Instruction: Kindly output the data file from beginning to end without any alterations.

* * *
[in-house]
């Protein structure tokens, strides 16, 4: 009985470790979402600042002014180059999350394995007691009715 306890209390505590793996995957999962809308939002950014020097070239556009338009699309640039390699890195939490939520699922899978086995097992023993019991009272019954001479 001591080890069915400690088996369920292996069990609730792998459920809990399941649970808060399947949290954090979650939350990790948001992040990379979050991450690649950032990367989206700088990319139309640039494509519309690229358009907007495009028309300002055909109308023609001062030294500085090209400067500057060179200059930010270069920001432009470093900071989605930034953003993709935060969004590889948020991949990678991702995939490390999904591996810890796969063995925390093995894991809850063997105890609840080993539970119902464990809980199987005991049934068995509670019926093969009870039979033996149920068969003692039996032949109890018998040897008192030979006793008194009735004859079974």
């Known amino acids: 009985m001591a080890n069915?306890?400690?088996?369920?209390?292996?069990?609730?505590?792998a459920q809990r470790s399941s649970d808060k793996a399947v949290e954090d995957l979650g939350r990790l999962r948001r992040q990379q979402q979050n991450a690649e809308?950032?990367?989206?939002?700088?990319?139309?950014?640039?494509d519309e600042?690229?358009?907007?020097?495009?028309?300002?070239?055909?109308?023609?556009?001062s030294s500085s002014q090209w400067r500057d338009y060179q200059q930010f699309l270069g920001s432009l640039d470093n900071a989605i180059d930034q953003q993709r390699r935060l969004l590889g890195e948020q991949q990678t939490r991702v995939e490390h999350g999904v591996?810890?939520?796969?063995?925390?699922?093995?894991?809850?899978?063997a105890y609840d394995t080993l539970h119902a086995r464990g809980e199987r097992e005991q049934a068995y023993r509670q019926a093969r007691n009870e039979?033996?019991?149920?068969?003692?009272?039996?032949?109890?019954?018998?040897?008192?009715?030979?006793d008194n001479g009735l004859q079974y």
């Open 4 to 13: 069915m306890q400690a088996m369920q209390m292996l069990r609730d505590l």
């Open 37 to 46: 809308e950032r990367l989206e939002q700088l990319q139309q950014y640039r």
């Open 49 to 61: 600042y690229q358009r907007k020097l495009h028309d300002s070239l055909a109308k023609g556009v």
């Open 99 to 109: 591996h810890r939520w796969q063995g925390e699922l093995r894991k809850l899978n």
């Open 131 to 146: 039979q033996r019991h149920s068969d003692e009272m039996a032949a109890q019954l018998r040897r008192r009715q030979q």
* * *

[in-house]
């Protein structure tokens, strides 16, 4: 009985470790979402600042002014180059999350394995007691009715 306890209390505590793996995957999962809308939002950014020097070239556009338009699309640039390699890195939490939520699922899978086995097992023993019991009272019954001479 001591080890069915400690088996369920292996069990609730792998459920809990399941649970808060399947949290954090979650939350990790948001992040990379979050991450690649950032990367989206700088990319139309640039494509519309690229358009907007495009028309300002055909109308023609001062030294500085090209400067500057060179200059930010270069920001432009470093900071989605930034953003993709935060969004590889948020991949990678991702995939490390999904591996810890796969063995925390093995894991809850063997105890609840080993539970119902464990809980199987005991049934068995509670019926093969009870039979033996149920068969003692039996032949109890018998040897008192030979006793008194009735004859079974």
């Known amino acids: 009985m001591a080890n069915?306890?400690?088996?369920?209390?292996?069990?609730?505590?792998a459920q809990r470790s399941s649970d808060k793996a399947v949290e954090d995957l979650g939350r990790l999962r948001r992040q990379q979402q979050n991450a690649e809308?950032?990367?989206?939002?700088?990319?139309?950014?640039?494509d519309e600042?690229?358009?907007?020097?495009?028309?300002?070239?055909?109308?023609?556009?001062s030294s500085s002014q090209w400067r500057d338009y060179q200059q930010f699309l270069g920001s432009l640039d470093n900071a989605i180059d930034q953003q993709r390699r935060l969004l590889g890195e948020q991949q990678t939490r991702v995939e490390h999350g999904v591996?810890?939520?796969?063995?925390?699922?093995?894991?809850?899978?063997a105890y609840d394995t080993l539970h119902a086995r464990g809980e199987r097992e005991q049934a068995y023993r509670q019926a093969r007691n009870e039979?033996?019991?149920?068969?003692?009272?039996?032949?109890?019954?018998?040897?008192?009715?030979?006793d008194n001479g009735l004859q079974y």
């Open 4 to 13: 069915m306890q400690a088996m369920q209390m292996l069990r609730d505590l």
């Open 37 to 46: 809308e950032r990367l989206e939002q700088l990319q139309q950014y640039r």
């Open 49 to 61: 600042y690229q358009r907007k020097l495009h028309d300002s070239l055909a109308k023609g556009v």
């Open 99 to 109: 591996h810890r939520w796969q063995g925390e699922l093995r894991k809850l899978n």
């Open 131 to 146: 039979q033996r019991h149920s068969d003692e009272m039996a032949a109890q019954l018998r040897r008192r009715q030979q």